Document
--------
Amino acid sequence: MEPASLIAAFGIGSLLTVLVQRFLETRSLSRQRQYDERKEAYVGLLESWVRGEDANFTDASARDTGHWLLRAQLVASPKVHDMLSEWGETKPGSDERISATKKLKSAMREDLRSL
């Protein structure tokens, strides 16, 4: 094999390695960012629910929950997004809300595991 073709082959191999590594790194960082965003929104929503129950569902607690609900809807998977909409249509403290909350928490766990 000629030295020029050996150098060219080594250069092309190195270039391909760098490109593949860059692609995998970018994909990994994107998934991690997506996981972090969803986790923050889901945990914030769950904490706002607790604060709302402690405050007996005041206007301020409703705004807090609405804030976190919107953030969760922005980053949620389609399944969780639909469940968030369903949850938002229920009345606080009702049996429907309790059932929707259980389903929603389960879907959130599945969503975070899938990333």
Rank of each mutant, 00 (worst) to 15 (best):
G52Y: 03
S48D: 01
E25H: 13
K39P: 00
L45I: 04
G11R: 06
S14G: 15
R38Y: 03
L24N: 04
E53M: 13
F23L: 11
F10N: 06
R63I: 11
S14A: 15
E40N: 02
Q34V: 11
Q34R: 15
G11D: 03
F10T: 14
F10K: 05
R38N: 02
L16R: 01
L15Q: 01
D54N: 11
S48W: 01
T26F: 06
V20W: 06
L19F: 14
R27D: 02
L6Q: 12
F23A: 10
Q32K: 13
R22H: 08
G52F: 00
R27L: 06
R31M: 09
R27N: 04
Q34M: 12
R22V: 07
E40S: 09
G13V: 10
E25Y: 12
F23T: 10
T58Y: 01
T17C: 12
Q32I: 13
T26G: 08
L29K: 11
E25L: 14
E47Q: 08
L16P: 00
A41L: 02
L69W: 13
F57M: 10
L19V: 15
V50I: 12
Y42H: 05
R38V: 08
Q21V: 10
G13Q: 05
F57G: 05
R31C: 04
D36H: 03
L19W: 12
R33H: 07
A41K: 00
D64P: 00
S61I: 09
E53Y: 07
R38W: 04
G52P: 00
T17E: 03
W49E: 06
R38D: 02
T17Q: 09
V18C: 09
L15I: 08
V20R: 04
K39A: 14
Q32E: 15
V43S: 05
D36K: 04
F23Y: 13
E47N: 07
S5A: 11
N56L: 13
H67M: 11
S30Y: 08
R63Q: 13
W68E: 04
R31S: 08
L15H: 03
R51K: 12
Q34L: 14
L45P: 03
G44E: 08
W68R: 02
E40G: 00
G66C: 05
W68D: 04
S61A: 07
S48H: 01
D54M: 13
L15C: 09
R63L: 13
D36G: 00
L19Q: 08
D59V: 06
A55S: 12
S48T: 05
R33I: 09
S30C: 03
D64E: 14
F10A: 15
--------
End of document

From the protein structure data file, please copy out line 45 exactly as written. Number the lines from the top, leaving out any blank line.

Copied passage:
E25Y: 12